Writings on the art of T'ai Chi
T'ai Chi is an art with profound depth and subtle meaning. In its case reading may not be absolutely essential but it can be of great help. Here are the rules and the concepts which can make practice a more interesting and rewarding experience.
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#KH014 The Hidden Metal of T'ai-Chi Ch'üan
by Peter Frohlick
122 pages, photographs
and illustrations, softbound
Is Tai Chi really a fencing art? In this intriguing book Mr. Frohlick examines Tai Chi from a fencer's perspective. His thesis relates that the mysterious postures of Tai Chi may seem completely non-functional UNLESS you see them referenced to the Chinese art of fencing. He further points out that though there are fewer surviving martial arts in the West there are actually more records of martial movements and strategies all the way from the Middle Ages to the present. He cites sources such as Europe’s oldest fencing manuscript, the Royal Armouries Manuscript 1.33 written in Latin, and the work of Johannes Liechtenauer, a fencing master from the fourteenth century. He also points out the much greater cross-pollination of technique than standard histories generally take into account. We find Mongol, Steppe, European and Chinese influences mixed like a great soup. He speculates broadly but calmly on parallels in Chinese and European techniques and theories. He adds quite a number of old illustrations from European texts, adding yet a finer flavor to the work. Published by the author this little gem is a bit pricey but worth it to those interested in this fascinating intersection of historical influences. Many insights: for instance the concept of the “bind”, the push-pull touching of two blades together and its relation to Push Hands.
While I agree with Mr. Frohlick's point--that Tai Chi postures might best represent not empty handed but armed techniques--it also raises my one real criticism of the book: he presents this as a new idea and it is not. While this analysis might be news to many Western practitioners of Chinese martial arts, at the advanced practitioner level in Kung Fu this is well known and widely accepted. In fact, this 'weapons over hands' approach shows up everywhere and even causes the opposite misunderstandings: for instance, why martial artists stand with extended postures; or why they don’t keep their guards up by their faces.When I learned three sectional staff from Sifu Wing Lam I remember coming across a posture exactly the same as one from the basic hand form, Tan Tui. I remember thinking, “Oh, that must be what it means to have a system. Every item relates to every other item.” This is not only true of every Kung Fu system but each system adds its flavor all the way through weapons usage so, for instance Wing Chun, moves its weapons in the Wing Chun manner, much like different fencing schools in the West.However, this criticism becomes a rather minor quibble, especially considering that Mr. Frohlick has amassed actual sources from old manuscripts and other hard to find reference material.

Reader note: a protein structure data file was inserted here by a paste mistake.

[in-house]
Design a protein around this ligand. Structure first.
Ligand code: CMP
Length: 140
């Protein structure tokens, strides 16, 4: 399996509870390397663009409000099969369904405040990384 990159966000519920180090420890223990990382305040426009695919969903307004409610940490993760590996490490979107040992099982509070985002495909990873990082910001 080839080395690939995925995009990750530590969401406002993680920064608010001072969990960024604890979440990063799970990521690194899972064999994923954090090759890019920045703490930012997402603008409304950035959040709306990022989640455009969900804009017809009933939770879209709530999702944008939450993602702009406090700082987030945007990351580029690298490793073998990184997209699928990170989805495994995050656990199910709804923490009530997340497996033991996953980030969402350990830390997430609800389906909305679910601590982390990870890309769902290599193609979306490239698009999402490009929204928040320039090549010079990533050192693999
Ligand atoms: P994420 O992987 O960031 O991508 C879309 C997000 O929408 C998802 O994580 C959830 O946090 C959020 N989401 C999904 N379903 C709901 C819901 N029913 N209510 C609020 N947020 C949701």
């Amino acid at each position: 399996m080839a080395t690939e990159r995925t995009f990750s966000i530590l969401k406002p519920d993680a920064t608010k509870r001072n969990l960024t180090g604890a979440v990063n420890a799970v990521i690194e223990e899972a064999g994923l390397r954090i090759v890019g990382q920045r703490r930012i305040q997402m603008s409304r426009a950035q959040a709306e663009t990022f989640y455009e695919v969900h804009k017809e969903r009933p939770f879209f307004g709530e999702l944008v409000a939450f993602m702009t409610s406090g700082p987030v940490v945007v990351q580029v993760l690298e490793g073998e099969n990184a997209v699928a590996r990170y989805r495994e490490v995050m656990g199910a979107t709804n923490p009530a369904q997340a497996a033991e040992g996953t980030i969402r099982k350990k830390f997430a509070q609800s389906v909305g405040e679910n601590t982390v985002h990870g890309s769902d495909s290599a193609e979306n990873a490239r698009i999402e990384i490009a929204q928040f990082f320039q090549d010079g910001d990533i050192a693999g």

|KY007 The Yin of Tai Chi , Tai-Chi and the Mysterious Female
John Lash brings intelligence and insight to everything he writes about Tai Chi. This exceptional little volume ranges far, engaging topics like Wu Wei and Tao and their relation to the proper practice of this art. "Because no other part of creation has a rational mind (as far as we know), no other creature can lose its oneness with the Wu Chi. The loss of Wu Chi is a purely human condition. Our choice, as human beings, is whether to seek to recover the oneness of the Wu Chi by delving ever deeper into our loving nature or to surrender ourselves to the rational mind with its view of separateness and its overwhelming fear... ".
|KT003 T'ai Chi Notebook for Martial Artists
Teacher Scott Rodell herein shares observations on the art of T'ai Chi in this book of essays. This little book comes under the heading of "inspirational" though there are numerous anecdotes based on personal experience. Rodell has studied Yang T'ai Chi, a branch of this called Mi Chuan and Jin Shan Pai. From decades of training he speaks about the misconceptions in this art, the attainment of skill, fangsong and relaxation exercises, breathing, basics practice, fear, opponents, conflict and all the other subjects which not only do we want to read about but we know we should write about too.
from the Late Ch'ing Dynasty
Professor Douglas Wile
very important book by one of the few competent Chinese scholars
who treats martial themes as though they were important. These
recently uncovered documents DRASTICALLY expand our knowledge